Monday, September 08, 2008

The Marblehead Letter

I've written about my musings on growth a number of times, even as I worried that my ideas might be controversial.

Now I've seen the Marblehead Letter, written by executives at a SoL conference in 2001, and I think those of you reading this blog might find it worthy of your time. Read both the full letter—it's only two pages long, and I think it states its questions better—and the summary, which hints at some of the signatories.

Note that the letter has questions, not answers, and note that the letter comes from people high in the ranks of major organizations.

I discovered this letter by reading Presence: An Exploration of Profound Change in People, Organizations, and Society, courtesy of InBubbleWrap and 800ceoread. For various reasons, that's been a hard book for me to get through, but I'm persevering (and those of you who have a copy can tell the page I've reached by this blog posting). Perhaps I'll blog more about it when I finish it.

What do you think? It's comforting to know that others are considering similar questions to the ones I've been raising. Question 3 is exactly what I want to work on, but reading it brings two thoughts:


  • You can't address that one question in a vacuum; you have to consider their other questions and still more (for example) in the process. It is a systems issue on multiple levels.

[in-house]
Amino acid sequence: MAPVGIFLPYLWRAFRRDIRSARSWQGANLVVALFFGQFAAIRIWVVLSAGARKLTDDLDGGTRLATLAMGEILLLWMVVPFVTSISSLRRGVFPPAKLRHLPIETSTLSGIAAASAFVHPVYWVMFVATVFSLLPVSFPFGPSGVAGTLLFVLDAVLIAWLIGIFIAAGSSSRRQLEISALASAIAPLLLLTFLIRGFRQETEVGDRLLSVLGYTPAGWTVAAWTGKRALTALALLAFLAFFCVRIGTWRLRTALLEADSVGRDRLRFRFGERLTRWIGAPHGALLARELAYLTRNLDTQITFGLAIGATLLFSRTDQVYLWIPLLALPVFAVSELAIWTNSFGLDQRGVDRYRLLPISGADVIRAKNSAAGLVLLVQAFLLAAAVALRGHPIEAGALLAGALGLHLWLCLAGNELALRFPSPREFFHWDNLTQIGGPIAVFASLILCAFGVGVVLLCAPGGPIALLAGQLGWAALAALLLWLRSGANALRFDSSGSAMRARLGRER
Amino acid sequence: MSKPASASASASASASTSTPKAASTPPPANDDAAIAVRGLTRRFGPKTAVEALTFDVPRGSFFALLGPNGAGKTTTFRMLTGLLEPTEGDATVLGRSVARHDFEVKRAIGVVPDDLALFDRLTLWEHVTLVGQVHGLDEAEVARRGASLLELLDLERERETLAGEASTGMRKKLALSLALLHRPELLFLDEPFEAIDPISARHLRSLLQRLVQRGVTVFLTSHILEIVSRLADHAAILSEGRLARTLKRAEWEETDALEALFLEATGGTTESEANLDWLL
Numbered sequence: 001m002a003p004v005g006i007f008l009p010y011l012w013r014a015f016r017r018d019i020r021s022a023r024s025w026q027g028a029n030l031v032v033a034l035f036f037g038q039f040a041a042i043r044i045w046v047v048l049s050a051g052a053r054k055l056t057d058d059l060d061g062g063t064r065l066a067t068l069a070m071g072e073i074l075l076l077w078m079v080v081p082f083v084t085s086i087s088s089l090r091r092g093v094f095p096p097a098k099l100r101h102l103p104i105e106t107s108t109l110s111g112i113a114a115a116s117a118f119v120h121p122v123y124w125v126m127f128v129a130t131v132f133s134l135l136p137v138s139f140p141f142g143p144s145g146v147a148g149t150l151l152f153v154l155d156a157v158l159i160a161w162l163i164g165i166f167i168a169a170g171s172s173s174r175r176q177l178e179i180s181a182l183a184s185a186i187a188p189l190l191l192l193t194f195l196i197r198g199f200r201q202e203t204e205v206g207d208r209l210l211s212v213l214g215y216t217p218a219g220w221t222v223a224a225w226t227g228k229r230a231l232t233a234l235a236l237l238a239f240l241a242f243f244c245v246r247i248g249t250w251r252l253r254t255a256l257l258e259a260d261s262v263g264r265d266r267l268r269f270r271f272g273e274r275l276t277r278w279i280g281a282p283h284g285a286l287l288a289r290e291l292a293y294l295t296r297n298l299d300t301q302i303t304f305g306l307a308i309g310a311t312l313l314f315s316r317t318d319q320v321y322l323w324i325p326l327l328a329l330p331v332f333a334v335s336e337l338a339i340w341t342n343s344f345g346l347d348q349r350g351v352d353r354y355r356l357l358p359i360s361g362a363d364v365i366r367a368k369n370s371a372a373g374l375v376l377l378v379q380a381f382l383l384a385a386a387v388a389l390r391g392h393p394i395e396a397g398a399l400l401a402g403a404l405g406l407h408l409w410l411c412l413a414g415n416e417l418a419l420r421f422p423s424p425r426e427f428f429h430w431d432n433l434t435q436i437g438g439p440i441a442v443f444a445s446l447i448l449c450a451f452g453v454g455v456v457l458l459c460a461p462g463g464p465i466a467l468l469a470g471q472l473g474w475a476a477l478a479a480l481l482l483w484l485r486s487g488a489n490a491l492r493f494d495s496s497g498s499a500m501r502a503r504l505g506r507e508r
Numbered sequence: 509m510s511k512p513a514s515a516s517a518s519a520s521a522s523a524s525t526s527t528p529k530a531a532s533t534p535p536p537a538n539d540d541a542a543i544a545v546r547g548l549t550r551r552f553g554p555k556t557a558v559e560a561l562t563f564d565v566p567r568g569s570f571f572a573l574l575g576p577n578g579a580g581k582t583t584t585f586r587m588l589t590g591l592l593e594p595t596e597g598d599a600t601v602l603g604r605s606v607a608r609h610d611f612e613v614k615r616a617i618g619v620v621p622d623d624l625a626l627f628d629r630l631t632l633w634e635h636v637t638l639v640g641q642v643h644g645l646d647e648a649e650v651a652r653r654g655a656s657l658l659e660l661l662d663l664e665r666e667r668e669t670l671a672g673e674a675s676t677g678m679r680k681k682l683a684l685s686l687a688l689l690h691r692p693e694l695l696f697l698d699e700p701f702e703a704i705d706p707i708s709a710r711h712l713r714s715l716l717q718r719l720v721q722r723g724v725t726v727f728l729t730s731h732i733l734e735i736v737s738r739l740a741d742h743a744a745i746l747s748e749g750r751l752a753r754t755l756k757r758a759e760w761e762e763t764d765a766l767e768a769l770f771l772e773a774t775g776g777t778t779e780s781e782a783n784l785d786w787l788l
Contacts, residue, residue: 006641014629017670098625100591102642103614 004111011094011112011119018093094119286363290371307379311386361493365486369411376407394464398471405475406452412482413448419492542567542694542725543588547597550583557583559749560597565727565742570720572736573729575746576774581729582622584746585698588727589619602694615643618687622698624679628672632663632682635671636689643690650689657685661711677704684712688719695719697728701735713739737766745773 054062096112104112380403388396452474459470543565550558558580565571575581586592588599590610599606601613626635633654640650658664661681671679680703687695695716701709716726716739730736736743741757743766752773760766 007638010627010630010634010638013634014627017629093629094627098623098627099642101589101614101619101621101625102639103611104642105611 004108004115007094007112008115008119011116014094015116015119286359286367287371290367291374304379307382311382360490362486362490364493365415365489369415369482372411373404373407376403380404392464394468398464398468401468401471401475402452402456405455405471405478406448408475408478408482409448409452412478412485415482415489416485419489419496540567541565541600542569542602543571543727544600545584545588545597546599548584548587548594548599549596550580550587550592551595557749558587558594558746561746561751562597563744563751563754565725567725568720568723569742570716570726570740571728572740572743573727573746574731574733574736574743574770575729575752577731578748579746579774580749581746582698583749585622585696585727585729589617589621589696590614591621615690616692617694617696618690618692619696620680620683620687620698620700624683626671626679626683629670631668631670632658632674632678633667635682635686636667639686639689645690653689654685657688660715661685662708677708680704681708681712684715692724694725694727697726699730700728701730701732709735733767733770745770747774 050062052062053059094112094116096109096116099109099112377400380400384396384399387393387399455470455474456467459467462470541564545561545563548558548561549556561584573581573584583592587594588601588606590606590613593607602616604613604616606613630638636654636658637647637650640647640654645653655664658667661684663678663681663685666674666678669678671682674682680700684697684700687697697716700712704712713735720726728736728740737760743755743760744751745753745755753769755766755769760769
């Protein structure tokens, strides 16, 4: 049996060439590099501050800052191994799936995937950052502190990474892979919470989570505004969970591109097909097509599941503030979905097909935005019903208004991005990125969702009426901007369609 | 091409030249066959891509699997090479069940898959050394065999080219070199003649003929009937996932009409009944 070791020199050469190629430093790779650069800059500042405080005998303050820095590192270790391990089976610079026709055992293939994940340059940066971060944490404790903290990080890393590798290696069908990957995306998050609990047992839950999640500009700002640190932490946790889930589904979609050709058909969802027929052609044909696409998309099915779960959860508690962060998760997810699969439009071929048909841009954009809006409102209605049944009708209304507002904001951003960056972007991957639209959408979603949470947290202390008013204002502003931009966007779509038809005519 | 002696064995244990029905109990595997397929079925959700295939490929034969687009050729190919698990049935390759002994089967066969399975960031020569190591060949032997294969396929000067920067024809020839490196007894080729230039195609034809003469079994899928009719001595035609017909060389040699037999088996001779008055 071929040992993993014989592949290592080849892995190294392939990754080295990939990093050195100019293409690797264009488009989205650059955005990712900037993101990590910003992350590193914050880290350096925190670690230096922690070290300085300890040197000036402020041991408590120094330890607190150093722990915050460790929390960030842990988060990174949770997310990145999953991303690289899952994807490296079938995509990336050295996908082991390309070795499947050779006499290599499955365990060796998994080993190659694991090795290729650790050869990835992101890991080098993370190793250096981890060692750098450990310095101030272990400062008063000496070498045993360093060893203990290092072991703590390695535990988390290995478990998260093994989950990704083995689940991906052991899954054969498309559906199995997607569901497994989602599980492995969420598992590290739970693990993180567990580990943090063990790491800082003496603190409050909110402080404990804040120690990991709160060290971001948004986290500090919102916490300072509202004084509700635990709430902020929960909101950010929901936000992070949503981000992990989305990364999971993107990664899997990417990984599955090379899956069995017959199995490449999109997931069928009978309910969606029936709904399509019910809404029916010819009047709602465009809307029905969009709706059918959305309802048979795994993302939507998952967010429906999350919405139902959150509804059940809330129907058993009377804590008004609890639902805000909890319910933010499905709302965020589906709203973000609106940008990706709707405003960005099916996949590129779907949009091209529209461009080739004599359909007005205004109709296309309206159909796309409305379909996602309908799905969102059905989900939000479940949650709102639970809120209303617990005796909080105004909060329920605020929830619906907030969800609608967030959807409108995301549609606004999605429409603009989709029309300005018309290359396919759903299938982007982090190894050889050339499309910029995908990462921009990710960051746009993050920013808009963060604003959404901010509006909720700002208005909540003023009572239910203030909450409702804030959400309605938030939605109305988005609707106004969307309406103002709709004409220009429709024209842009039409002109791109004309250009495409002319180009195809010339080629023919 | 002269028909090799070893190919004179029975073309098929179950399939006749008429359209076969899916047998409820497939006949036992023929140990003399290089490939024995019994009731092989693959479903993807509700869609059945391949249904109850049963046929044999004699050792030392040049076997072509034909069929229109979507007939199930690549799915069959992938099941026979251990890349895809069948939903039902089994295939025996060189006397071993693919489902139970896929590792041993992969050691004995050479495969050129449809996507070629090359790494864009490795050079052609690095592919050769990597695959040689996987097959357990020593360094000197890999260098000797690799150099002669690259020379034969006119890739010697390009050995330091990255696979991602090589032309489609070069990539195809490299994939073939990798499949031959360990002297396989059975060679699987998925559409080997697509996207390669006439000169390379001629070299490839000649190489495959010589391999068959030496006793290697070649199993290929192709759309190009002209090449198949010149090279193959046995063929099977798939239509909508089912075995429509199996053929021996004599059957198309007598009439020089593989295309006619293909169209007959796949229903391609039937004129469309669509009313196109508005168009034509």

• I wonder if they didn't go far enough in question 3. They want to reconceive growth. I wonder if and how and under what conditions overall sustained growth is possible and good for us. If, in aggregate, it is not (and I have yet to see evidence that the systems mantra of "there are always limits to growth" is false), I want to help find a new and successful way forward. While we have to address the long-term situation, I'm more interested in helping us figure out how to make the transition from growth to sustainability, whether on an organizational, societal, or personal level.
Those of you acquainted with some of the literature on growth will realize that a stable system doesn't mean there is no growth. For example, in a business sense, some technologies, products, or services outlive their usefulness, and their companies shrink or perhaps go out of business. Other technologies, products, or services are needed in increasing amounts, and their companies grow. Equilibrium in the aggregate doesn't require equilibrium in the details.

While I'm optimistic we'll figure out a way to deal with this, I still think the issue of growth is an integral part of one of the two major problems we face as a people. From what I read, we may well have exceeded the carrying capacity of the planet. If that be true, then these are important times, for the way we respond can likely have a major effect on the response of the systems in which we live, and the recovery of a system from overshoot can be harsh.

I really would welcome your comments on this.

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